Any bird photographer will tell you that there is no perfect lens for all situations, but very few would even imagine using a 135mm lens for birding at all. The longer the lens, the easier to draw in a small, skittish subject. Fewer still would dream of using a manual focus lens without image stabilization. And yet three months with the Zeiss Milvus 2/135 taught me that there is a lot about this lens for a birder to love.
The best feature of the Milvus 2/135 is what bird photographers care most about: image quality. Razor-sharp and virtually distortion-free from f/2 to f/14, it controls flaring and minimizes chromatic aberration edge-to-edge better than any long lens I have ever used, even wide open. Bokeh that can only be described as luscious frames and highlights the subject, giving it truly dramatic impact. Many lenses will enable you to capture a nice image of a bird, but it takes a lens with exceptional optical qualities to give you a work of art.
This is not a lens, however, that you could pair with just any camera body. My body of choice was the Canon EOS 7D Mk II, for two main reasons. First, with an APS-C sensor, the 7D Mk II gives you an effective 1.6x crop factor, allowing you to put more pixels on the bird than a full-frame camera of similar resolution. Second, the 7D Mk II’s burst rate of up to 10 fps gives you a lot of kicks at the can. This is particularly important when using a manual-focus lens, because one will want to do micro-focus bracketing whenever possible to maximize the chance of nailing the shot. Mastering manual micro-focus bracketing takes a little practice, but after just a few outings I was able to boost my yield rate to a level comparable to that of my autofocus lenses. With a tight, firm focus ring, the Milvus 2/135 is highly responsive to the tiny adjustments required.
The 7D Mk II does not excel, unfortunately, at handling noise above ISO 800, which might tempt you to try the Milvus 2/135 with a higher-end body, such as the full-frame Canon 1DX Mk II, which shines at high-ISO noise processing (and gives you an extra 4-6 fps to boot). But with a short lens, giving up the built-in crop-factor zoom is simply too much of a price to pay. Fortunately, the large aperture of the Zeiss Milvus 2/135 will help you keep ISO down to manageable levels in all but the dimmest lighting conditions.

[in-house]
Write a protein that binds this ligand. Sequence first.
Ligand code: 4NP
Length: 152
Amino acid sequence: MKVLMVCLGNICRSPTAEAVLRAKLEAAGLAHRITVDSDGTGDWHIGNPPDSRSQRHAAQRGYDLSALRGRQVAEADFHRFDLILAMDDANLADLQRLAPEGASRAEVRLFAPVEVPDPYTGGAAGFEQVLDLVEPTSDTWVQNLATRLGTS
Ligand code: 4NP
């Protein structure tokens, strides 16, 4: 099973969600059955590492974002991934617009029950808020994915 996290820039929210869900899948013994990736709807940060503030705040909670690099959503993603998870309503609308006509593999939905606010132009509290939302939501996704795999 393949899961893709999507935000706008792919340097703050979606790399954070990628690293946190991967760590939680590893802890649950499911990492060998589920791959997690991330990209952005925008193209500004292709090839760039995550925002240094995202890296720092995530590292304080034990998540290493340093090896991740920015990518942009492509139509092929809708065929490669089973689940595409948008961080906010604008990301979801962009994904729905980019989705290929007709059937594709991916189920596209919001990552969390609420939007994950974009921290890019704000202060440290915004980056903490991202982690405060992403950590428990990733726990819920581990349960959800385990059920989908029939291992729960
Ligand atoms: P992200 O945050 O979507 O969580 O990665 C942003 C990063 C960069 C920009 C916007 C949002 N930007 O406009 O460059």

Bird photographers come in two varieties: those who prefer shutter priority, and those who prefer aperture priority. I have always been in the former category, as I generally find that the odds of shooting a keeper image are higher when one prioritizes focus over depth of field. Shooting with the Milvus 2/135 reinforced my preference. At shutter speeds of 1/500 and higher, the lack of image stabilization was not a factor. Shots requiring 1/250 or less generally call for a steadier hand than mine, and this is the zone where IS really pays off. But I rarely found myself being called upon to drop the shutter speed that far.
To capture a good image of a bird with a short lens, it is necessary, of course, to get quite close. I found myself practising stealth approaches and doing my best to look inconspicuous (no bright clothing!). But the payoff is that it is possible to get a very close shot—something that one can never do with a long lens—and to do so in places where dense foliage would thwart an autofocus lens even if one could focus on the subject. Warblers are my subjects of choice, because of their personality and stunningly beautiful plumage, but they are difficult to shoot because they usually either linger in the tops of canopies or forage in dense brush. No lens will help with the former, because of bad angles, backlighting, or intervening foliage, but a short lens has a decided advantage with the latter. Warblers are also quick. A long lens might do better pulling them in, but a shorter lens is better at target acquisition. It is much easier to get the lens on the bird with a 10° rather than 3° field of view.
In some respects, birding with the Zeiss Milvus 2/135 is exactly the same as with birding with a longer lens: one will do better with spot focus, center-weighted exposure, stopping down at least 1/3 so as not to blow out highlights, and shooting in RAW to give you maximum postprocessing flexibility. I like to apply a degree of denoising to the background—generally masking the bird itself, to retain detail—and some very subtle color enhancements. But with the Zeiss Milvus 2/135, I never found myself having to fix chromatic aberration or purple fringing.
If birds are not your thing, you will still find that the Zeiss Milvus 2/135 can be rewarding with other outdoor subjects. With it I was able to capture bees, butterflies, dragonflies, and frogs while on my birding outings, something I have rarely been able to do successfully with a longer lens on my camera. Creatures such as these are much more tolerant of photographers, but not just any lens can do them justice: one wants a lens with the detail and accuracy of the Zeiss to make the most of the occasion.
The Zeiss Milvus 2/135 was designed and marketed primarily as a portrait lens for studio work. But as a birding lens, it is surprisingly delightful. It just goes to show that you cannot judge a lens by its brochure.